3 ‘must ask’ questions about fall baseball

by Admin on July 12, 2017

There are times in life when what you do on the front end affects the outcome on the backend. As you begin to tryout for new fall baseball teams and get selected, here are three questions you should ask your fall baseball coach before accepting a spot on his team:

  1. Why did you select me?
  2. What can you guarantee me?
  3. What do you see as my full potential in baseball?

Parents and players definitely are cringing at the thought of asking a new coach these three questions after being selected on a new team. Some of the same parents and players also will be upset near the middle and end of the fall season if their expectations aren’t met.

In my opinion, asking these questions isn’t an example of arrogance. On the contrary, they signal you want assurance considering you’re investing time and money into the team.

1. Why did you select me?

My wife Kelli of 20 years is beautiful. I didn’t marry her solely because of her beauty. Kelli is a focused woman who wants to become the best version of herself. She wants the same for me.

Some coaches will pick players because of their athleticism, physical appearance, strength, etc. That isn’t enough, considering it takes 10,000 hours of deliberate practice to develop a skill, according to Malcolm Gladwell.

A coach who is responsible for the development of your child must use words like development, habits, values, standards and accountability.

When I ask a coach why he selected my son to play on his team, this is what a coach can and should say to me to get me excited because of the love and care I have for my child:

“Thank you for asking. I selected your son because I believe development can be measured. I will make sure he’s assessed in the beginning and end of the fall season, proving to you his development beyond his batting average. I will help him develop habits that will convert his current talent to skills in the future beyond playing for my team. We are a team that’s governed by core values. Each parent, player and coach will be held accountable for meeting and/or not meeting those standards.”

A coach who is responsible for the development of your child must use words like development, habits, values, standards and accountability.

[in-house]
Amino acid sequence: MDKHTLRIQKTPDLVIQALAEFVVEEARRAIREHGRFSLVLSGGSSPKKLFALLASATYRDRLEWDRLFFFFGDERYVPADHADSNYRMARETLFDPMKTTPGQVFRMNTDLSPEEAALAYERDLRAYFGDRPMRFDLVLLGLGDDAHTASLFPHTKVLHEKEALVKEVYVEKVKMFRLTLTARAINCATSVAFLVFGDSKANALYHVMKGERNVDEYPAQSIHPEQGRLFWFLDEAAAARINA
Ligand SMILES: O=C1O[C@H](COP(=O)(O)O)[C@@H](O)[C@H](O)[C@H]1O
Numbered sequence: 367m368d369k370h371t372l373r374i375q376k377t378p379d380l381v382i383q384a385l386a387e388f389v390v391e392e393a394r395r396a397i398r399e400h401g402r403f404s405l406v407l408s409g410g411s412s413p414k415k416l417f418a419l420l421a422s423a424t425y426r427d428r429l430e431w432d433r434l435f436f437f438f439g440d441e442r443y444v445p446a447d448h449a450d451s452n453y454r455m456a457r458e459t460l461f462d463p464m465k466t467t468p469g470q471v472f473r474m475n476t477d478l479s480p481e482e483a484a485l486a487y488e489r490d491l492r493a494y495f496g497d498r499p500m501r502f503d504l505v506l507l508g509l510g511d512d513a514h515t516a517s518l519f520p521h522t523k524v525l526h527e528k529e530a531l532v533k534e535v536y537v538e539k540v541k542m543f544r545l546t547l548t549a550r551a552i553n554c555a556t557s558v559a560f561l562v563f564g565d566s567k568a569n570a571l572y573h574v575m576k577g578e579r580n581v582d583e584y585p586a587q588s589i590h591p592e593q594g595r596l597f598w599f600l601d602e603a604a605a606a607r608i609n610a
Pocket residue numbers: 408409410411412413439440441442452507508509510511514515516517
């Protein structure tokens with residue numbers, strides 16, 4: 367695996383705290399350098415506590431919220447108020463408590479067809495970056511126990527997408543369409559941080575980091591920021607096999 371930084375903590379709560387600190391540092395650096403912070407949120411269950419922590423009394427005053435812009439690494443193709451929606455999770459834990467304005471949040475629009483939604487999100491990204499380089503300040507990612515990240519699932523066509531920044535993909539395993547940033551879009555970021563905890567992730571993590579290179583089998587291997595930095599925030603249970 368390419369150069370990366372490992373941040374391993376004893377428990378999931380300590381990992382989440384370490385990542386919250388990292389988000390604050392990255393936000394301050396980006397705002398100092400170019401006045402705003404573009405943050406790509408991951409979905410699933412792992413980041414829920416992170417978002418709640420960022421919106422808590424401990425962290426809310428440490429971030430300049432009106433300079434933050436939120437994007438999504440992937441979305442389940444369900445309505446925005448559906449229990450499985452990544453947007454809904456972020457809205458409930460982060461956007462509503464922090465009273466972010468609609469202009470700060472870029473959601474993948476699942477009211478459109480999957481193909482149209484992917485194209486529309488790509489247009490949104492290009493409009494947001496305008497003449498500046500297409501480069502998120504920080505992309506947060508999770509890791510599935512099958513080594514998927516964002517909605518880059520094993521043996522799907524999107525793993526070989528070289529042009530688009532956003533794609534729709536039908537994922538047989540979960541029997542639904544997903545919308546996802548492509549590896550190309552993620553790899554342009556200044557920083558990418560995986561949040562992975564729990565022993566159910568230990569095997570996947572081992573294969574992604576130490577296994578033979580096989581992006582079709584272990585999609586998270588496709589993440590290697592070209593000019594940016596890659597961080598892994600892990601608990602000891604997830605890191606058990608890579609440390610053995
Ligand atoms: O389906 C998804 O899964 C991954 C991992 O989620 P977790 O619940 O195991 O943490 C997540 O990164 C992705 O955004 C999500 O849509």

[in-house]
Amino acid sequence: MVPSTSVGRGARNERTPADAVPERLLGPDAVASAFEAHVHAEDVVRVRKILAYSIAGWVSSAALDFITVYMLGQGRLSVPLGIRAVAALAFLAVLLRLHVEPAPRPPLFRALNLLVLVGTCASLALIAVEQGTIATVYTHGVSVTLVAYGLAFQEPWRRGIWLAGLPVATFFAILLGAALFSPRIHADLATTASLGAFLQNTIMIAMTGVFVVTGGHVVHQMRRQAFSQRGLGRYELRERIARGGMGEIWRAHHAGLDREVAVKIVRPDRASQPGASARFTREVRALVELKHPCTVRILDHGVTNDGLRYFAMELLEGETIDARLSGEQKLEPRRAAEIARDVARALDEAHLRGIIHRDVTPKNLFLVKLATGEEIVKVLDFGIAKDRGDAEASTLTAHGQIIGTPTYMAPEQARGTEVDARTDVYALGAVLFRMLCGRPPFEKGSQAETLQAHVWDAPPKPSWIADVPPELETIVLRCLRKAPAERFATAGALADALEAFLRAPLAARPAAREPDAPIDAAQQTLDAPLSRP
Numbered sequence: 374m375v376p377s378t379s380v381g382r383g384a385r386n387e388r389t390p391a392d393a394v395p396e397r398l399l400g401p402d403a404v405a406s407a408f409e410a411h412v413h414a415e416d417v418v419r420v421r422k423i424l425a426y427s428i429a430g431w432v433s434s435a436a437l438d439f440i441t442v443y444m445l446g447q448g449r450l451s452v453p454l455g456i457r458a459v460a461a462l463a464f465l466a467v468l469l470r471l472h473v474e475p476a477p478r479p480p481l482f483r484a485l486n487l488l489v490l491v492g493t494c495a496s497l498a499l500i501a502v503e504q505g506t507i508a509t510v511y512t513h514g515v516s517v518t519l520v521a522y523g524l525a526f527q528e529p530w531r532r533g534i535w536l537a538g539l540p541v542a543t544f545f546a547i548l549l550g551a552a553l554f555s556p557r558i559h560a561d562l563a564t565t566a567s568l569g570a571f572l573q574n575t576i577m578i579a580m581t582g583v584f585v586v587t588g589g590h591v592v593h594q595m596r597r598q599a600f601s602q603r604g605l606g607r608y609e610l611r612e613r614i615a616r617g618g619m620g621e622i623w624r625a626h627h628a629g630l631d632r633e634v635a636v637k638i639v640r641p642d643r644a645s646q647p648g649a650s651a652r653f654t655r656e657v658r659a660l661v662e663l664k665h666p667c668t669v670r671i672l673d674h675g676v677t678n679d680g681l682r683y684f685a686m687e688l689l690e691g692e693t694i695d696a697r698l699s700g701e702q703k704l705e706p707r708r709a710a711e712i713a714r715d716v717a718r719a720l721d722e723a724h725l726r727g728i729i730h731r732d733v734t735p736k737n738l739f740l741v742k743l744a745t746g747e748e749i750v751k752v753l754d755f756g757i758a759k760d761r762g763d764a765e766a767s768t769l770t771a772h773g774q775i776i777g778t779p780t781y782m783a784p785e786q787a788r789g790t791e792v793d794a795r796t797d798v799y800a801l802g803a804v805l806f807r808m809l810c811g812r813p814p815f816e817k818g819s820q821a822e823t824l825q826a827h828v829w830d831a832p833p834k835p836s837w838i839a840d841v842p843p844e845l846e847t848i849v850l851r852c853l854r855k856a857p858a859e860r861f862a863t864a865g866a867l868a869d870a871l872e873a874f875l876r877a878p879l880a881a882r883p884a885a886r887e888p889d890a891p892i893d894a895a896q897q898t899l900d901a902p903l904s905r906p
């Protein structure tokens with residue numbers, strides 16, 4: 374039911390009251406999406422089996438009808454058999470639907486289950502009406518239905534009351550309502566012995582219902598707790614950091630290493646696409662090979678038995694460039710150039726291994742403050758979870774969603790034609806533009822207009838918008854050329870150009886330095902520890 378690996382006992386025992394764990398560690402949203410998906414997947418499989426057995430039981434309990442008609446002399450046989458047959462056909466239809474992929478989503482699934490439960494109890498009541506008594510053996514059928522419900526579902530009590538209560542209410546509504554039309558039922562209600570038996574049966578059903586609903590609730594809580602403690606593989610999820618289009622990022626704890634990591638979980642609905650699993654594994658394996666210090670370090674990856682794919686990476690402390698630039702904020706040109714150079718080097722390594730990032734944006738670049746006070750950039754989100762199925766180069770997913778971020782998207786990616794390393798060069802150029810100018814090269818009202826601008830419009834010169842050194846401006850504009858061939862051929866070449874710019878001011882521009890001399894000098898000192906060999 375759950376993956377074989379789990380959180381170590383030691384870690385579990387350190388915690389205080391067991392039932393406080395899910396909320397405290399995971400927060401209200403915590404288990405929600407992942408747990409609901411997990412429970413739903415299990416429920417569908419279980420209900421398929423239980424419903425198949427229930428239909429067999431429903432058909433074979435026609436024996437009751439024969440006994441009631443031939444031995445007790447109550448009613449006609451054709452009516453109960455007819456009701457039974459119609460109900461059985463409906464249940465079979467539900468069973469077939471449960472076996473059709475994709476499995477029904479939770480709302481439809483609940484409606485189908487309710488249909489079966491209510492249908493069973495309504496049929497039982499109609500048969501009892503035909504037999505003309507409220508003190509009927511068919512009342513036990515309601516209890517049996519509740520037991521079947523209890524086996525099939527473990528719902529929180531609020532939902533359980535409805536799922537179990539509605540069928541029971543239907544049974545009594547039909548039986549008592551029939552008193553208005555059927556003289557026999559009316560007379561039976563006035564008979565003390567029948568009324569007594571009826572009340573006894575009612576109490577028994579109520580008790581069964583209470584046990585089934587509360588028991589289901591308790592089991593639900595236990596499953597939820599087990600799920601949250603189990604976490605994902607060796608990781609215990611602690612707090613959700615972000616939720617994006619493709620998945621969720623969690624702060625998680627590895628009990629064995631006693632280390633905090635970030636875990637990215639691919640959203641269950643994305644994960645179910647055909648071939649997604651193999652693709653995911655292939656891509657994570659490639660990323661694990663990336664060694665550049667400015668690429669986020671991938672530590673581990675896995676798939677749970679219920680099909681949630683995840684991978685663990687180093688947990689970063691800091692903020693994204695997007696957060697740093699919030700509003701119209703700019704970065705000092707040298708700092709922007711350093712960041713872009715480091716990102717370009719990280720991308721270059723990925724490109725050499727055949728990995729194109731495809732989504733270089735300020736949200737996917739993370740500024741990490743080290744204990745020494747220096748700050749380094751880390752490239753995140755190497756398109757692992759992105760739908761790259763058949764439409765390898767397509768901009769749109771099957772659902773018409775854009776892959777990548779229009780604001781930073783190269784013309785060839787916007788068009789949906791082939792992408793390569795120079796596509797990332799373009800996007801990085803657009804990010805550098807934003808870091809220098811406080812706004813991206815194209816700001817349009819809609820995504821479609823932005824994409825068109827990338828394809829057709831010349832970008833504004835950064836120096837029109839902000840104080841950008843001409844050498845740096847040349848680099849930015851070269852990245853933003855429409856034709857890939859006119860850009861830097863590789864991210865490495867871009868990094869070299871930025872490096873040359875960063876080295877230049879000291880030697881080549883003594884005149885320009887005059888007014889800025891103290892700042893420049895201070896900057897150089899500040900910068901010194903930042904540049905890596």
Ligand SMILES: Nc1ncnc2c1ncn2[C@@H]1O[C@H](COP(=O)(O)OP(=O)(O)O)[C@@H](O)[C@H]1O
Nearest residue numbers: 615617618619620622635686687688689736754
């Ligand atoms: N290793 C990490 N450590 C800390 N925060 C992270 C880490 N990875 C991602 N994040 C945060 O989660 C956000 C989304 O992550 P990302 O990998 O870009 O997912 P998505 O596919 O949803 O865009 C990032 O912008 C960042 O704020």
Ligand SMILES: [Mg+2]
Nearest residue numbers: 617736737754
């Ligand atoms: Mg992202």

2. What can you guarantee me?

If a coach can clearly explain to you why he selected you, he should also be able to guarantee you a specific minimum amount of at bats.

It can be stressful wondering if you’ll get playing time. The only way to develop is by getting opportunities to fail and make adjustments.

On average, a fall season is 15 to 30 games. That’s 45 to 90 at-bats if you get three per game. Trust me when I tell you that a coach who understands development should have no problem guaranteeing you a minimum amount of at bats.

A minimum number is a decision. The “let me think about it” answer needs to result in a decision within three days, or it becomes a no for me, especially considering I must guarantee to pay fees and work the concession stand during games.

3. What do you see as my full potential in baseball?

This is an important question, because affirmation leads to hope. It is a great feeling to have a coach believe in your current ability and have him speak to you about what your future can be.

Coaches who can’t see into the future may downplay this question by saying it’s best to focus on the here and now. But we don’t have that mindset when it comes to our travel program. As travel ball coaches, we’re always looking into the future in order to remain relevant and solvent.

Your full potential, according to your coach, may be high school baseball and that’s it. It may be college and it might be the pros. Unfortunately, it’s taboo for coaches to talk about the pros to young players, mainly because the success rate isn’t high.

On the contrary, I believe the success rate of Major Leaguers is low because coaches can’t see that far, and thus can’t communicate it to their players. It’s also difficult for us to discipline ourselves to a development experience that allows players to fail, because we have to win to remain relevant and solvent.

Ask your new fall baseball coach these three questions to determine if what I’m saying is the truth or a lie.

Remember: Intelligence tops being smart.

For more information, visit www.diamonddirectors.com today. Also, check out our Digital Magazine.


C.J. Stewart has built a reputation as one of the leading professional hitting instructors in the country. He is a former professional baseball player in the Chicago Cubs organization and has also served as an area scout for the Cincinnati Reds. As founder and CEO of Diamond Directors Player Development, CJ has more than 12 years of player development experience and has built an impressive list of clients, including some of the top young prospects in baseball today. If your desire is to change your game for the better, C.J. Stewart has a proven system of development and track record of success that can work for you.


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